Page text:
IMHO, the most convincing evidence (sorry, you want proof, ask a mathematician or a theologian) arises from the changes in isotopic composition of carbon in the atmosphere. Due the the Seuss effect, carbon from living–or once-living–things is depleted in C-13 versus C-12. Of course, the hardcore denialist will try to come up with an argument that the biosphere is decaying and emitting C-13, and then in the same breath they’ll say CO2 is greening the planet.

    If these people could be persuaded by evidence, there wouldn’t be an argument.

  42. 92
    Hank Roberts says:

    Dave, you’re asking for wiggles.
    Look at the analysis needed for anything like what you want.
    Charts aren’t convincing to a statistician.
    Science bloggers won’t put up pictures like and claim they’re evidence.

    People excel at finding patterns, even when they don’t exist.

    ReCaptcha says at this point:

    “stsworke all”

    Yep, stats work all — charts alone don’t.

  43. 93
    SecularAnimist says:

    Ray Ladbury wrote: “If these people could be persuaded by evidence, there wouldn’t be an argument.”

    And yet, scientists keep right on arguing with the deniers, as though the deniers were other scientists arguing in good faith about what the evidence shows — rather than the deliberately dishonest propagandists they are.

  44. 94
    Jim Larsen says:

    88 Kevin M,

    And one must consider resale value. A yard full of nuisance trees can cost thousands. Plant something that will last hundreds of years – a living tree is the perfect carbon sequesterer. When the oaks (or whatever you like) get big enough, cut down the nuisance trees and smile about your contribution to the solution.

  45. 95
    Mal Adapted says:

    Ray Ladbury:

    If these people could be persuaded by evidence, there wouldn’t be an argument.

    Jonathan Swift:

    It is impossible to reason someone out of something that he did not reason himself into in the first place.

    Great minds think alike 8^D!

  46. 96

    #94–OT, I know, but: “…cut down the nuisance trees…” doesn’t do it for sweet gums! They just send up an army of sucker shoots from the root.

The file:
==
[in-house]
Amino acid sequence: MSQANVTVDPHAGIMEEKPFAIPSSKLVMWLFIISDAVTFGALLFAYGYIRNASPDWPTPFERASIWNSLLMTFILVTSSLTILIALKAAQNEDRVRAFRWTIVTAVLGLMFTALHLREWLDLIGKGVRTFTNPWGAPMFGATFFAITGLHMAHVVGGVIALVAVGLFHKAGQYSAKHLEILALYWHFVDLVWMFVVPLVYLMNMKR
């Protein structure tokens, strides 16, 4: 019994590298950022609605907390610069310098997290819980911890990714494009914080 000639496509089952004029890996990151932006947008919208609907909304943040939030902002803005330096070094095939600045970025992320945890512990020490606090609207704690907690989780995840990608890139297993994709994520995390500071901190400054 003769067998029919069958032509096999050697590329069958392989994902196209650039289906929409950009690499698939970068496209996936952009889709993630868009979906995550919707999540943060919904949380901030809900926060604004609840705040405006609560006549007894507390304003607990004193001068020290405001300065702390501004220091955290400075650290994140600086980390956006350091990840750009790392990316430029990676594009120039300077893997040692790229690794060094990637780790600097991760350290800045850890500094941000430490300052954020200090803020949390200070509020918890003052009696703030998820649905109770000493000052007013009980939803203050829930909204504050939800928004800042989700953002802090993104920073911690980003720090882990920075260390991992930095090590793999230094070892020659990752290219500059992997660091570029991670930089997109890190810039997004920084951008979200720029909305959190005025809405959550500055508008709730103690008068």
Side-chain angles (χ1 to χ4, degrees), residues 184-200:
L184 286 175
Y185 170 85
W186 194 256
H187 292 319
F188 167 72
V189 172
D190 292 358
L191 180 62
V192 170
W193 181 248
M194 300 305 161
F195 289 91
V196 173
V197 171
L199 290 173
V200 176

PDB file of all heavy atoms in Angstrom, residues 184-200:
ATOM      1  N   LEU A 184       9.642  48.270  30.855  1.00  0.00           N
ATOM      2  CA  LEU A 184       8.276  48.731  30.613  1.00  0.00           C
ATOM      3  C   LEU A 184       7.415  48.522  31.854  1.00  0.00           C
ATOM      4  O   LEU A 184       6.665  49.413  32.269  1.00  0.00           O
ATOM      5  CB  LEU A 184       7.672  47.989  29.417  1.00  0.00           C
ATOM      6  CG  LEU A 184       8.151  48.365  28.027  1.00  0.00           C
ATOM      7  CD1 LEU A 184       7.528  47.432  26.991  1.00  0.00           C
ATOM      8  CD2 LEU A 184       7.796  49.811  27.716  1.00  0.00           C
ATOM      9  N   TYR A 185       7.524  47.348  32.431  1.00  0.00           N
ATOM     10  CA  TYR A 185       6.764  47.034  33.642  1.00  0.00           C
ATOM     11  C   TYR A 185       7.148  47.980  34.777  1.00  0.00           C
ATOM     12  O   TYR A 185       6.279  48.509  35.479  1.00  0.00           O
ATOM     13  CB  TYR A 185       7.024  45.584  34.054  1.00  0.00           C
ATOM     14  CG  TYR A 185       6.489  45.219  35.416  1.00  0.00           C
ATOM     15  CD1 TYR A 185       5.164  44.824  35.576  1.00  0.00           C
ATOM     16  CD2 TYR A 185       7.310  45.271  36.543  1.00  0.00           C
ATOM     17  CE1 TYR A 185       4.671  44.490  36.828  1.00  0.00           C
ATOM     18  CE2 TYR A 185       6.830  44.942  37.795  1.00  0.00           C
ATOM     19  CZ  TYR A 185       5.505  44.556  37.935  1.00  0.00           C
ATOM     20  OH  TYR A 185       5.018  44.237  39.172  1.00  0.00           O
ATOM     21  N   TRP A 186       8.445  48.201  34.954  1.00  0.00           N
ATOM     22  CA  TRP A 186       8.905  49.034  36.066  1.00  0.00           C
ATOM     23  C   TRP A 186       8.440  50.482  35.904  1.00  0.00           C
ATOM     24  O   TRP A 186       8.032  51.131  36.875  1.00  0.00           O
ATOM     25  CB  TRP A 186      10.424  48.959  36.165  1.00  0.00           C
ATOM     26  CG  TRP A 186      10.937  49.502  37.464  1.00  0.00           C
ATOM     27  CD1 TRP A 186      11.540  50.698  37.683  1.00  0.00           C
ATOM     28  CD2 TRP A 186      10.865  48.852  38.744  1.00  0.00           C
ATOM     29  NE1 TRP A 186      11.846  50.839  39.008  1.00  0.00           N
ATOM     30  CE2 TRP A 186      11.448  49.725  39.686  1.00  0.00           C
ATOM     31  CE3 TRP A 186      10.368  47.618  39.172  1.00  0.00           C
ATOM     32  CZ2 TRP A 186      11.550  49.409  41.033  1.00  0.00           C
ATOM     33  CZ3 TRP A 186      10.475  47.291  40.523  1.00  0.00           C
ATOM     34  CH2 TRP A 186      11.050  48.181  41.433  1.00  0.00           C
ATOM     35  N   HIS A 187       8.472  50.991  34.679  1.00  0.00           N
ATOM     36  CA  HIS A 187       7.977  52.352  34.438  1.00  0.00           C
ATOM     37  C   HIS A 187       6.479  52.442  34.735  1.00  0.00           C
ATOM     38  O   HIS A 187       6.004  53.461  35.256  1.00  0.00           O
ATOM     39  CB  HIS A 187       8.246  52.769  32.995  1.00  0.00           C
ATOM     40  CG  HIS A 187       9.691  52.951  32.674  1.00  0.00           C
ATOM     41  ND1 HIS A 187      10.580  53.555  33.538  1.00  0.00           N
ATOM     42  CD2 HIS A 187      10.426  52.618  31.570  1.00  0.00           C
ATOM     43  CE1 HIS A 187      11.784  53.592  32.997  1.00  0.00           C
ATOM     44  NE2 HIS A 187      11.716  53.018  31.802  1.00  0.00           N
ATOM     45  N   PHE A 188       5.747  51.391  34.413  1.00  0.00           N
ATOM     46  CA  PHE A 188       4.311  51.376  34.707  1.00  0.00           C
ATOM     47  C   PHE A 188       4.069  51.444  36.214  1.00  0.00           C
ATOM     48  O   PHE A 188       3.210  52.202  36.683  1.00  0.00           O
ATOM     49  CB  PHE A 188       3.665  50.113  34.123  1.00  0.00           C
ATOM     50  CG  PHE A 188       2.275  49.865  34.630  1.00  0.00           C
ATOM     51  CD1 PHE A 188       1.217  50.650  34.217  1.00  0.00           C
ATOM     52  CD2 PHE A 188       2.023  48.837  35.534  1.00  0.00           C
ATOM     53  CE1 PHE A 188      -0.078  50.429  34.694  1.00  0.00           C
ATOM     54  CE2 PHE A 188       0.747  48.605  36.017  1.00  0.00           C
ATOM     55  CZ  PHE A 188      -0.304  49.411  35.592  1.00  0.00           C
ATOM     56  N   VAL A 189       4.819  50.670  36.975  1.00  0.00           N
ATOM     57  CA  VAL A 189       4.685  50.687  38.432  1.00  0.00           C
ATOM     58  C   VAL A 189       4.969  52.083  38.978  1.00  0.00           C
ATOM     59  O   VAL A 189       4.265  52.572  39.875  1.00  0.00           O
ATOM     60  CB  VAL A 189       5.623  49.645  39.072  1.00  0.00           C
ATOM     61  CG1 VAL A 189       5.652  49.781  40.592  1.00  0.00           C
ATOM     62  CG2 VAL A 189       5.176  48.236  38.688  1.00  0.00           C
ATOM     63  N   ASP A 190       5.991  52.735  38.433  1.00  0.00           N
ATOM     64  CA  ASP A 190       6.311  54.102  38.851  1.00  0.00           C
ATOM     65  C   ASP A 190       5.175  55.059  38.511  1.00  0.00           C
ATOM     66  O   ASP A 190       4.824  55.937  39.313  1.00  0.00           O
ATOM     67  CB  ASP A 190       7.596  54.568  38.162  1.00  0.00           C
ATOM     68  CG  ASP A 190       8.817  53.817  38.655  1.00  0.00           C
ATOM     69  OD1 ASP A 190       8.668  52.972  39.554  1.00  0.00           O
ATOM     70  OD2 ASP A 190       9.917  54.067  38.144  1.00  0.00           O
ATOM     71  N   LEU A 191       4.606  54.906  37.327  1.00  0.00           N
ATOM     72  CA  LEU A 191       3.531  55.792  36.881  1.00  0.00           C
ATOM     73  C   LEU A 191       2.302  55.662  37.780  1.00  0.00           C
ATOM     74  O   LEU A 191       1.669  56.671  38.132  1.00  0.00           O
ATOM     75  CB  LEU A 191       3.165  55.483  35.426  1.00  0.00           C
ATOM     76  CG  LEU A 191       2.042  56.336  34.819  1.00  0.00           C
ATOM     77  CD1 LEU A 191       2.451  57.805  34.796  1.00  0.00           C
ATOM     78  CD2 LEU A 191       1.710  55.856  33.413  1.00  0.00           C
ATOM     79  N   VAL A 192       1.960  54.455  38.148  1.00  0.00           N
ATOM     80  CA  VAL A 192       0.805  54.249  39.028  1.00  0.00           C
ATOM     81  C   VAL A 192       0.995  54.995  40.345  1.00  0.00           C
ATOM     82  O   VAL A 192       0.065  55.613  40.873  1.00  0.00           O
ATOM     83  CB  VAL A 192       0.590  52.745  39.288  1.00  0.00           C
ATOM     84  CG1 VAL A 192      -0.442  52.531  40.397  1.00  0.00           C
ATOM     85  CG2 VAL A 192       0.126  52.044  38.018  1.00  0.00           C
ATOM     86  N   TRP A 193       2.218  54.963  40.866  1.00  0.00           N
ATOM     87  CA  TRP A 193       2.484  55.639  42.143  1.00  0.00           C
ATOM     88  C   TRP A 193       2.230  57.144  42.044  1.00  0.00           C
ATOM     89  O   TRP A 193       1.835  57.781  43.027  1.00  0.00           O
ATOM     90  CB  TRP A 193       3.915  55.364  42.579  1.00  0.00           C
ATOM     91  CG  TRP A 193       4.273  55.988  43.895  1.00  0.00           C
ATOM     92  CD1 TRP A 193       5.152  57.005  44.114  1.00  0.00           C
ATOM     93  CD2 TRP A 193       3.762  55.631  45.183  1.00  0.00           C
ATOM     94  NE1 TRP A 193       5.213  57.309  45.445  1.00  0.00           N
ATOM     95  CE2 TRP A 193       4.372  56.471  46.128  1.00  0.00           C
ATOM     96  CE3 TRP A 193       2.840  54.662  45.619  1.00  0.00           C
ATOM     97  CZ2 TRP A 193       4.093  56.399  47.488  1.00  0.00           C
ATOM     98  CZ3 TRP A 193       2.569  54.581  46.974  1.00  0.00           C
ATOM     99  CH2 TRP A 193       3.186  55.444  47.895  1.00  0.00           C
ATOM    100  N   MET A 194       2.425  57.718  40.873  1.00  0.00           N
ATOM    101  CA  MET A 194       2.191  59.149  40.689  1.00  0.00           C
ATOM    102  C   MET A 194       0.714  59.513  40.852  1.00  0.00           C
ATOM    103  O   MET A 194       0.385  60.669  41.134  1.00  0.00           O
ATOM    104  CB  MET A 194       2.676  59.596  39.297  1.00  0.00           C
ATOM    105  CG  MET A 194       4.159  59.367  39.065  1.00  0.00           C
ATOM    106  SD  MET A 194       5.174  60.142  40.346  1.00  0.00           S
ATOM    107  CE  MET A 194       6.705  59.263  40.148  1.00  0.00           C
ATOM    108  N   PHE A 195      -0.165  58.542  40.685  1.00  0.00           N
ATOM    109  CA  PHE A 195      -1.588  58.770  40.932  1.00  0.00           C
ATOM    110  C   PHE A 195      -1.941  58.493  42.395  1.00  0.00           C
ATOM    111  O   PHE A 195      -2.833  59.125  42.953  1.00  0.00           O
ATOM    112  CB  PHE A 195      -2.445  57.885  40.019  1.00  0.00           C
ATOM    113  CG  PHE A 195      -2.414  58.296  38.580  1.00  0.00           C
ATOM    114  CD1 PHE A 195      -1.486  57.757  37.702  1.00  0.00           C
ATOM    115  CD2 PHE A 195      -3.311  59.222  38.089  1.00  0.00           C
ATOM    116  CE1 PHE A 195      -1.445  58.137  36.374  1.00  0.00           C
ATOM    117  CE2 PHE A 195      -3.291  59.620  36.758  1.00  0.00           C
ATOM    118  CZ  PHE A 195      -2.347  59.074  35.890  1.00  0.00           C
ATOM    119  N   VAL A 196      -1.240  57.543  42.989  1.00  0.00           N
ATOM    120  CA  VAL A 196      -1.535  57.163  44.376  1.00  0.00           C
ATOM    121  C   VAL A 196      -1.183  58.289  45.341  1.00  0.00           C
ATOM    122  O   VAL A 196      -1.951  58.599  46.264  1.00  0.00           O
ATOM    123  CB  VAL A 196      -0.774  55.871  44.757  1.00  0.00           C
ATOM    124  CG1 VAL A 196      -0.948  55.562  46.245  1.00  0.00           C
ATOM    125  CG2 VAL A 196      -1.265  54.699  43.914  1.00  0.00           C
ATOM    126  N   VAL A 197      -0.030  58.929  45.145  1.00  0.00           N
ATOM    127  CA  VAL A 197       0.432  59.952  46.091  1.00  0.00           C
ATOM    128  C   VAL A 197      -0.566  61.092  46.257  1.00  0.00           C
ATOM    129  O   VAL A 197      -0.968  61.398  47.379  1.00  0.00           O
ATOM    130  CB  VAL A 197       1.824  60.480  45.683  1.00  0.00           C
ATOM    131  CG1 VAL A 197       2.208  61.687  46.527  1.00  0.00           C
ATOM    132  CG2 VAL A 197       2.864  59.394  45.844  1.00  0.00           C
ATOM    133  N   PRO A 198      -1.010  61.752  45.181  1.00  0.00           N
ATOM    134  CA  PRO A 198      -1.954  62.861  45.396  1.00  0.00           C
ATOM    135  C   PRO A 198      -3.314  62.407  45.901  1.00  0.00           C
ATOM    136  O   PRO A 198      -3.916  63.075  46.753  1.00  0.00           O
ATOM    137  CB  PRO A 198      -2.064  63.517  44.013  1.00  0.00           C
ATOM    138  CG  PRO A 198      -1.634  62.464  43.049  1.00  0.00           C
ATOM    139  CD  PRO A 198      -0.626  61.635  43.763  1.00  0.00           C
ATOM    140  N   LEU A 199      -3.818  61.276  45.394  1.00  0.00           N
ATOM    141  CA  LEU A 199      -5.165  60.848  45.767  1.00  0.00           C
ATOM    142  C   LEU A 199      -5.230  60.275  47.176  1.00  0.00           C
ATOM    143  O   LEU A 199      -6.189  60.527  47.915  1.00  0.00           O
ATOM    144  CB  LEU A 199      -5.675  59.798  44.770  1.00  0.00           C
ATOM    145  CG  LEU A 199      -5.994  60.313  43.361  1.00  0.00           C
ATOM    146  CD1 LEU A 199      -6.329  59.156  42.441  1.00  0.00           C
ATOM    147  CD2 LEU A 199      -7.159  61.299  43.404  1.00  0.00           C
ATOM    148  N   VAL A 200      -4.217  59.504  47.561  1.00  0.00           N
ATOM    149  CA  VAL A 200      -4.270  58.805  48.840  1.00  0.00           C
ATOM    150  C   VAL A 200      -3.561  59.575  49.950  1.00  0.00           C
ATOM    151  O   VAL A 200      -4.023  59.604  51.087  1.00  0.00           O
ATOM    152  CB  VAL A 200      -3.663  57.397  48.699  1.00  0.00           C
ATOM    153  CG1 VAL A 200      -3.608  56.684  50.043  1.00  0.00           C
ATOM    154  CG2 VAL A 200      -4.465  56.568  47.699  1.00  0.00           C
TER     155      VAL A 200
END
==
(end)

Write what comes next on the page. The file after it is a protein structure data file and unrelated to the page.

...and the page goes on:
I’ve wondered if boring a vertical hole in the stump and pouring salt in there would be effective? At present, I’m still just cutting down seedlings every few months.

  47. 97
    James Cross says:


    You might try growing mushrooms on the stumps.

    Sweet gums logs in my yard have sprouted without inoculation Oyster mushrooms.

  48. 98
    flxible says:

    Kevin, kill stump roots by drilling 1/2 dozen holes, pack with epsom salt or copper sulphate, top holes with wax

  49. 99
    Hank Roberts says:

    Tried just black plastic bagging the stump for a season? Might well suffice.

    Else, the local greengrocer (a very wise man) tells me the non-organic small farmers, being very economical, sometimes use Roundup but diluted to a tenth -or less- the strength recommended on the label, and that more effectively than the recommended application — because the stuff has time to propagate to the end of the root system before it finally kills the target plant. They also apply that homeopathic dilution only to the leaves of the individual target plant, doing that with a brush or sponge, not a spray. So they don’t select for resistance among surrounding plants. Even the devil may be useful, tightly controlled.

    For stump sprouts, train up one sprout for a while on a post, cutting back all the others; then treat that single one’s leaves.

    Don’t buy it. Get an ounce from a neighbor; that will last a long time. Dilute with distilled water.

    Don’t use the ‘fast kill’ stuff, it’s mixed with something meant to make the plants look like they’re dying quickly to satisfy the impatient urban gardener, so it doesn’t reach the root systems.

  50. 100
    Susan Anderson says:

    A bit late, but Jeff Masters’ presentation was enjoyable. He seems to have that rare kind of mind that can tolerate a rich soup that is almost chaotic – a great way to promote progress. His history was fascinating (did you know he got out alive from a hurricane hunter flight with one engine dead?). He seems to be a great encourager of creative use of the means available.

    (I’m seeing something similar, I think, at Neven’s – tolerance and knowledge conjoined.)